The rest of the paper is organized as follows. Section 2, we mainly formulate our basic mathematical model of host-vector-predator interactions. The equilibria and the reproduction number are given in Section 3. In Section 4, the local stability of the equilibria for model (2) is analyzed. In Section 5, the global stability and Hopf bifurcation of model (2) are investigated; moreover, the control threshold is presented. In Section 6, we use some numerical simulations to explore the effect of predators on the persistence or eradication of virus transmitted by vectors, the stability results, and existence of limit cycles of our model with the predator population. Finally, concluding remarks are given in Section 7.

#### 2. Model Formulation

In this section we mainly formulate a mathematical model to depict the interactions among a host population, a vector population, and a vector predator population.

First, we will give the following assumptions.(1)The total host population is divided into susceptible (healthy) and infected hosts, respectively, with densities denoted by and , respectively, and the total vector population is also partitioned into susceptible and infectious subclasses, with the densities denoted by and , respectively.(2)Virus transmission is induced by vectors feeding on infected hosts or infected vectors feeding on susceptible hosts, without considering the direct transmission between susceptible and infected hosts.(3)The virus in vectors may not cause vectors’ death.(4)The new born vectors are susceptible and unable to transmit virus from hosts to hosts.(5)Vectors in both classes experience density-independent and density-dependent mortality in addition to death from predation.(6)Vectors’ predators are beneficial insects which can prey on vectors and may not damage hosts and environment, denoted by . The Holling type II functional [39] is used for interactions between vectors and predators.(7)When there are no predators, we assume that the dynamics of the total vector population is governed by equation , where is the intrinsic growth rate, is vector’s carrying capacity of the environment, and denotes the extent to which vectors are limited by the host population, and we assume that if the total host population on which the vectors depend keeps constant.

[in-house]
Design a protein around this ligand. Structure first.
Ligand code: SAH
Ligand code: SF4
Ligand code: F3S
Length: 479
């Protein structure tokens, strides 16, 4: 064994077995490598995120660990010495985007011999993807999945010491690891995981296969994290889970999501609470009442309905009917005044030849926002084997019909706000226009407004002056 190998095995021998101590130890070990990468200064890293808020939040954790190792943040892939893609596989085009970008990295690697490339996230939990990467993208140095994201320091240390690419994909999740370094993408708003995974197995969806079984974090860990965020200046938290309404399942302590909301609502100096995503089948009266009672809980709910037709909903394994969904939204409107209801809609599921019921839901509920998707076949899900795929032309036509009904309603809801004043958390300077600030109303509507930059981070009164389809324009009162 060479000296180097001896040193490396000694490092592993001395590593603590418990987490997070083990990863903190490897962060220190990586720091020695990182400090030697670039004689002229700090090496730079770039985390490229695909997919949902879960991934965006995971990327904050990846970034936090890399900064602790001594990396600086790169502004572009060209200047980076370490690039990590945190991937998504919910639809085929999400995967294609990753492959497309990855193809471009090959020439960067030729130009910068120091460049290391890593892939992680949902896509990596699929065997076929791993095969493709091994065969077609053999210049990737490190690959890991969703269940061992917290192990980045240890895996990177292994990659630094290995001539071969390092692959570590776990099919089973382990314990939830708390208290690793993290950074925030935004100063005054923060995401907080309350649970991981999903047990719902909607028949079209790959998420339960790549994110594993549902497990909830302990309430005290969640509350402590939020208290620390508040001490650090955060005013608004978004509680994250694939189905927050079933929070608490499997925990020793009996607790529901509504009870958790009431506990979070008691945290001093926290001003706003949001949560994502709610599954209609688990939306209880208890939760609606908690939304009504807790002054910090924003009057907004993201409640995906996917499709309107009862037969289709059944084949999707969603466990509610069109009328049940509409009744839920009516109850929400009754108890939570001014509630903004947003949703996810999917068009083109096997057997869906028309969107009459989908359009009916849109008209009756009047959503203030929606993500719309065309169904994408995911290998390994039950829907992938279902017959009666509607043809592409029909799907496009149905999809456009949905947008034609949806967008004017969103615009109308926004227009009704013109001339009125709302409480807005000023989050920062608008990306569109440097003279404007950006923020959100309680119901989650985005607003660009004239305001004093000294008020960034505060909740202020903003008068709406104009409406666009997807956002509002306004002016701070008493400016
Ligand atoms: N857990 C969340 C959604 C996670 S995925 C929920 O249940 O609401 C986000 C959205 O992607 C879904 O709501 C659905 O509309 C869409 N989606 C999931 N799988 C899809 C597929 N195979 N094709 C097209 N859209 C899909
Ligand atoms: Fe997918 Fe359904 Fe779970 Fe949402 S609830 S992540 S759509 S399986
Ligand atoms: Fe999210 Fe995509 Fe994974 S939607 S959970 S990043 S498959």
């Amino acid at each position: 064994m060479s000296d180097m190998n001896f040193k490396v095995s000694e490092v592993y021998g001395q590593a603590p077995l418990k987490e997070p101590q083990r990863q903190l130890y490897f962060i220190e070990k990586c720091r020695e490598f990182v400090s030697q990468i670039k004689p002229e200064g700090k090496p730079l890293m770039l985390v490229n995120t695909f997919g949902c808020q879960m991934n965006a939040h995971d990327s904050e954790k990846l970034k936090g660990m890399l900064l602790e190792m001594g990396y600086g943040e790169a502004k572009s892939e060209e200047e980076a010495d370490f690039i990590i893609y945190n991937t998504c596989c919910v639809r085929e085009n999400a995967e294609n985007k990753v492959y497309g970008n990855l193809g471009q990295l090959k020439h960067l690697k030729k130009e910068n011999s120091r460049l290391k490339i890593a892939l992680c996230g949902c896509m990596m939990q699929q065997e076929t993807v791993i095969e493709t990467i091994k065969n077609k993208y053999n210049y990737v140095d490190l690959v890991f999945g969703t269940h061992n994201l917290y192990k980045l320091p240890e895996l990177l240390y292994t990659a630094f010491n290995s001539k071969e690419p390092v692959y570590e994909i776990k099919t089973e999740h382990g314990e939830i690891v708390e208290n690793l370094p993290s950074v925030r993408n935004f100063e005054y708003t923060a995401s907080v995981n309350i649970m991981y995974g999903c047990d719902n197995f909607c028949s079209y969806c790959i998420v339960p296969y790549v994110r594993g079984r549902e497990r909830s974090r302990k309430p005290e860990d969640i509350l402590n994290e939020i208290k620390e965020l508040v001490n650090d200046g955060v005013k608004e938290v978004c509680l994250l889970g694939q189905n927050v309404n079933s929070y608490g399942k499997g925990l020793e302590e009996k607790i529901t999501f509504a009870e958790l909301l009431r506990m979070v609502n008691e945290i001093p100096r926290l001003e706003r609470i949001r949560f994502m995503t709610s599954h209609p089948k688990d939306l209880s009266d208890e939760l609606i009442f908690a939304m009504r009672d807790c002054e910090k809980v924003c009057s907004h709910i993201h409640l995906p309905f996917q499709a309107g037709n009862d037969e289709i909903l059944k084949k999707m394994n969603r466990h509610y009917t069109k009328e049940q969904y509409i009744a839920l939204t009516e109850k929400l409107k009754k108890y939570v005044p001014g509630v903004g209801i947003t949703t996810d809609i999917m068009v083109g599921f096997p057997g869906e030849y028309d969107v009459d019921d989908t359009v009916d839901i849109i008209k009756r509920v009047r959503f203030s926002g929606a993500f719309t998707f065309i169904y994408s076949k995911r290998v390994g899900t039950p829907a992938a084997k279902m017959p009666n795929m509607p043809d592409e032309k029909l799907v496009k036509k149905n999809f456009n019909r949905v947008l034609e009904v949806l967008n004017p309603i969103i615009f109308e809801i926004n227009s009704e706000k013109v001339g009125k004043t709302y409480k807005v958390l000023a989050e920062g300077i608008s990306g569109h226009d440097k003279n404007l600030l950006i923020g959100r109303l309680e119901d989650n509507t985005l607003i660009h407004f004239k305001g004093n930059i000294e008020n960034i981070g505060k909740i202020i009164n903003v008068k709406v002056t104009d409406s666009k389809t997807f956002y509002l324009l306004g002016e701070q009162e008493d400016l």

Our assumptions on the dynamical transfer of the host, the vector, and the predator population are demonstrated in Figure 1.

In Figure 1, is the recruited rate of the host (or the replanting rate for the plant host) and and are the natural death rate and disease-induced mortality of the infected host , respectively. denotes the per capita rate of contacts on hosts by vectors. Generally, is a monotonic increasing function on . In this paper, we assume . and are the disease transmission coefficients from infected hosts to uninfected vectors and from infected vectors to uninfected hosts, respectively; , , and are the natural birth rate, the natural death rate and the intrinsic growth rate of vectors, respectively. The term denotes the Holling type II functional response of the predator. is the capturing rate (or the attacking rate) of predators, is predator’s satiety rate, and denotes the conversation factor of the predator, which describes the conversion efficiency of the consumed vectors into individual predators. is the natural mortality of the predator. All the parameters above are positive.